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Annapolis Squad Wins High School Title

Gary covers a High school sailing success and a new boat on the professional scene. From Gary Jobson's blog from May 19, 2008

March 6, 2009
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Gary Jobson 368

Three cheers to the Severn School (Severn, Md.) for wining the High School National Championship recently. The team was lead by senior Joe Morris in A Division and Alex Bertrand in B Division. The Severn School dramatically upgraded its program a few years ago when it acquired a new fleet of boats and recruited coach Tom Sitzmann. These Annapolis sailors have improved every year. In the fall, Morris is off to Yale and Bertrand is off to College of Charleston. We’ll be hearing more about these young sailors in the coming years!

College National Qualifiers

The 2008 Gill/ICSA National Championship will feature the most competitive field in the 77 years of collegiate racing. For the first time every team, regardless of its geographic location, qualified based on performance in a series of regattas. The result is there are eight teams from New England, seven from the Mid-Atlantic, one from the Southeast, one from the West, and one from the Midwest.

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Saint Mary’s College of Maryland and defending national champion College of Charleston will be two of the most competitive teams out of the 18 qualifiers. I’ll be on hand producing a one-hour show for ESPNU.

PUMA Launched in Boston

The PUMA Sailing Team officially launched their new yacht at the Institute of Contemporary Art in Boston Harbor last week. About 400 guests were in attendance. The highlight of the evening was actress Salma Hayek christening the yacht. After four attempts at breaking the champagne bottle, crewman Jerry Kirby had the presence to step forward and give the actress an extra hand.

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The boat is a unique design. It is much wider than the first generation of Volvo Open 70s, an interesting trend considering that America’s Cup yachts have become narrower in successive generations. Builder Eric Goetz has done a fine job. The graphics feature a running puma on the sails and a shoe on the carbon-fiber hull.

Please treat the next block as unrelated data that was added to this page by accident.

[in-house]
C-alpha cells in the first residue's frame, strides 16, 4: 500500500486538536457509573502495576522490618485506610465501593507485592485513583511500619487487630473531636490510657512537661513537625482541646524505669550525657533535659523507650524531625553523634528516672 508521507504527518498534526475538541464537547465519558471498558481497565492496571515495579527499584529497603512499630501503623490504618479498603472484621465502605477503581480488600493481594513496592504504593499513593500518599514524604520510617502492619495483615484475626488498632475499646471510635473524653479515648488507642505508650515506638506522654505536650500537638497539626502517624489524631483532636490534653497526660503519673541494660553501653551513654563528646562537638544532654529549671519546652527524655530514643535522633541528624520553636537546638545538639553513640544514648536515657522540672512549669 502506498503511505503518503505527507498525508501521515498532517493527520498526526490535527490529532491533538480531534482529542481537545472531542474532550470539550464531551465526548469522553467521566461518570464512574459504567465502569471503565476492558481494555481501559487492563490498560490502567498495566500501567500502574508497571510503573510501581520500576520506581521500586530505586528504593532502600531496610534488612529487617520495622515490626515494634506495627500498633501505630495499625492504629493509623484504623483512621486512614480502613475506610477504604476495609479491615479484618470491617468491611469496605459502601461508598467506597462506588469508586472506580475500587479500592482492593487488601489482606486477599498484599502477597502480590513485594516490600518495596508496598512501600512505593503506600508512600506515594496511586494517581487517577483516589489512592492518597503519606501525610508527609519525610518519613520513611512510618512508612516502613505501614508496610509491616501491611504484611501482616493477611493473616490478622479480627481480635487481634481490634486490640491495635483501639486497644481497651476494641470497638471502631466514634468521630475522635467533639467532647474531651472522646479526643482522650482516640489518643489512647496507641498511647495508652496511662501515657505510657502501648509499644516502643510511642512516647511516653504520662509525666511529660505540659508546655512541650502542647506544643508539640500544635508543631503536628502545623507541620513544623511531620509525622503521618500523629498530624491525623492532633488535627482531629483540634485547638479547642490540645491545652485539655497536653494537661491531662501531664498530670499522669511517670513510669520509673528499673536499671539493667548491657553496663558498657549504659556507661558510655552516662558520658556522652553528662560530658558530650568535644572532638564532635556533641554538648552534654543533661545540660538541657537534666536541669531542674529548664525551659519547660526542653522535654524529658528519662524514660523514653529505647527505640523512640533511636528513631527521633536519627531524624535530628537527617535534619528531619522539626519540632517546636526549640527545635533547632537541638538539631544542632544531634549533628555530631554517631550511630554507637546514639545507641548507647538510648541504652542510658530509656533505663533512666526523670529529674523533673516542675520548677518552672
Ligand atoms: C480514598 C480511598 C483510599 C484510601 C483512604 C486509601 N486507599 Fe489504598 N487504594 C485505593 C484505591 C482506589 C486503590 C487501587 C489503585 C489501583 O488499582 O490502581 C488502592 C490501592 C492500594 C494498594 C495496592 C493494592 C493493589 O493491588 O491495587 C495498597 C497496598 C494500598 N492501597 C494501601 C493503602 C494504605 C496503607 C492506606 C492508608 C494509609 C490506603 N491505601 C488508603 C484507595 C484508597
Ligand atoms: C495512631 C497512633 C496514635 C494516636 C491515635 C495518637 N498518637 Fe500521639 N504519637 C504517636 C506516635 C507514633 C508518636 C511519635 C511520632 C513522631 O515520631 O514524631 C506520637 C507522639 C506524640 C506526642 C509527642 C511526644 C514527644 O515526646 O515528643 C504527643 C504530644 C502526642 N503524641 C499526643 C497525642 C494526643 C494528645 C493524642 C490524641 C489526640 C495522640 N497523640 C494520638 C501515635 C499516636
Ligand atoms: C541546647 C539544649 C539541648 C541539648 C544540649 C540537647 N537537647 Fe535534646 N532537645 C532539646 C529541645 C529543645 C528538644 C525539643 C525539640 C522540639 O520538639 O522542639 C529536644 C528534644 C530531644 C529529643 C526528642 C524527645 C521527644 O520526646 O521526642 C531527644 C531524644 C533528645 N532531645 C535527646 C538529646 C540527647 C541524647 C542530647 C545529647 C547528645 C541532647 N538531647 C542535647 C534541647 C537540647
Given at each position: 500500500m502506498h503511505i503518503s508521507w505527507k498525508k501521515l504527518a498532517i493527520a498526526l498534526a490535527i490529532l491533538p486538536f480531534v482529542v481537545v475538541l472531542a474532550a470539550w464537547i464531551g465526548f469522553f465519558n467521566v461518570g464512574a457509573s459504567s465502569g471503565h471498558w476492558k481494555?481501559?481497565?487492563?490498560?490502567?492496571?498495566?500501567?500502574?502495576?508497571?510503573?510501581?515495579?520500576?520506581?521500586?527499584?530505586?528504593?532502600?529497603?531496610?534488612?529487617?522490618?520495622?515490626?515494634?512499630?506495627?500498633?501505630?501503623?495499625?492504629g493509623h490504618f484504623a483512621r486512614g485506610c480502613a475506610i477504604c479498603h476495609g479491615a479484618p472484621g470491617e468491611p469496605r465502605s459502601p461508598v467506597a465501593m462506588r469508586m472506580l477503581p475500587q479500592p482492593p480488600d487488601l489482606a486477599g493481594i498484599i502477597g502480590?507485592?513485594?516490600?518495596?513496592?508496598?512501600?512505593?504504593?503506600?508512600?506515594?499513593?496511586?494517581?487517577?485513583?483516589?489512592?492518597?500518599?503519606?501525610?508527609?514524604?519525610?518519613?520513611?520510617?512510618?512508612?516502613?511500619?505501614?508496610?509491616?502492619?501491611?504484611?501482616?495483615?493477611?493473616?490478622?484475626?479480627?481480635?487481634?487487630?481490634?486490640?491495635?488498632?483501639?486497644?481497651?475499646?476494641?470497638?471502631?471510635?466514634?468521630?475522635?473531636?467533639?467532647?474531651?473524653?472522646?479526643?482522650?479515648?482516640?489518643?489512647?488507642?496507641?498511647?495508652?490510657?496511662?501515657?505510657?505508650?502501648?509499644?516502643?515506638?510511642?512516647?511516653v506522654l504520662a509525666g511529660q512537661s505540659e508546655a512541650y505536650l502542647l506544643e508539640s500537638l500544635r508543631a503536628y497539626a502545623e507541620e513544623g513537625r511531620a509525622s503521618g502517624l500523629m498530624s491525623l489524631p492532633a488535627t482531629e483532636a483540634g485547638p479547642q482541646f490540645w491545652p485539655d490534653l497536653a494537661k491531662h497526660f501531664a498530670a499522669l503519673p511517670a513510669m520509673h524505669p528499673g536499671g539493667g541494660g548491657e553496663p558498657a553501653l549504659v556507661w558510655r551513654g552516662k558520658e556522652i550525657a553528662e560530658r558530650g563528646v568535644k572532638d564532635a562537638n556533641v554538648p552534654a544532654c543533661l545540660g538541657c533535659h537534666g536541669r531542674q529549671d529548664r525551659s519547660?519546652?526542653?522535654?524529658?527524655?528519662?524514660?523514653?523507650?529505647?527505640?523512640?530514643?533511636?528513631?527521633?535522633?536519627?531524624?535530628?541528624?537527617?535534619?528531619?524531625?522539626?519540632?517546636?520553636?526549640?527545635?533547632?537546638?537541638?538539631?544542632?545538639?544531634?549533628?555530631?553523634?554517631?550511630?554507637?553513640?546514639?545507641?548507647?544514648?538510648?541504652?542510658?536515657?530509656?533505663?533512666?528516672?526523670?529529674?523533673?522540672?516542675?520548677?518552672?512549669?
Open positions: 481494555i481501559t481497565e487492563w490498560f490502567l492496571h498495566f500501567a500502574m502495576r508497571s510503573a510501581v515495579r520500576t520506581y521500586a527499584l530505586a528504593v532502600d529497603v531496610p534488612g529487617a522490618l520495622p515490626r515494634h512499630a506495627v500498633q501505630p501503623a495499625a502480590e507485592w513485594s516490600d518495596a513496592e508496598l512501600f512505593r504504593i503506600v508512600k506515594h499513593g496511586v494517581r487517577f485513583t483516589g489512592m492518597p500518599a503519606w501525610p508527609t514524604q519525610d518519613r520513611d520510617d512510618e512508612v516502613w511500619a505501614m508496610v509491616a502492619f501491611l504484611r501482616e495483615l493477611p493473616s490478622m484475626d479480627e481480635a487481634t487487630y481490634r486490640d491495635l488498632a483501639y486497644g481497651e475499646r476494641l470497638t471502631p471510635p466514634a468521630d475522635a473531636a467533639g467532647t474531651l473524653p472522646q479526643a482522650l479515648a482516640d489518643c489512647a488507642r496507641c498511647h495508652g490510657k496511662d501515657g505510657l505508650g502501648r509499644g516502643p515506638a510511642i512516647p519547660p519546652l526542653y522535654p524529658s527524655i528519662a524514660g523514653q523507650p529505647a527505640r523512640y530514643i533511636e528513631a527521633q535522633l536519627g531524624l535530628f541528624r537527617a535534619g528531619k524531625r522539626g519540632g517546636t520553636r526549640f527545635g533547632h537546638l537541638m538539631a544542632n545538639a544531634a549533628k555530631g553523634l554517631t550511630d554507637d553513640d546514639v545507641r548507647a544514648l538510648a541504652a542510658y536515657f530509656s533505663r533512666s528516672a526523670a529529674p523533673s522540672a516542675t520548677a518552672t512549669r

Skipper Ken Read, 46, of Newport, R.I., has assembled a world-class crew. I think this team has a very good chance of winning the Volvo Ocean Race. Twenty-four hours after the christening the crew was scheduled to take the yacht on a 2,000 mile run in the ocean.

I was disappointed, however, not to see an American flag anywhere in sight. The boat was given an Italian name, il mostro which means, “the monster.” Sitting in the front row was Volvo Ocean Race chief executive officer Knut Frostad; inexplicably, he was not introduced to the roughly 150 journalists gathered in the museum’s nifty theater. Similarly no Boston officials were recognized. PUMA’s marketing people need to rethink their protocol if they hope to generate interest in the United States. Boston and the New England region have a lot to be proud about considering the phenomenal success of their baseball, basketball, and football teams. PUMA is clearly missing the boat not attaching itself to the region.

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I’m sure that Ken Read and his crew are glad to have the show behind them so they can get on to the serious part of their training.

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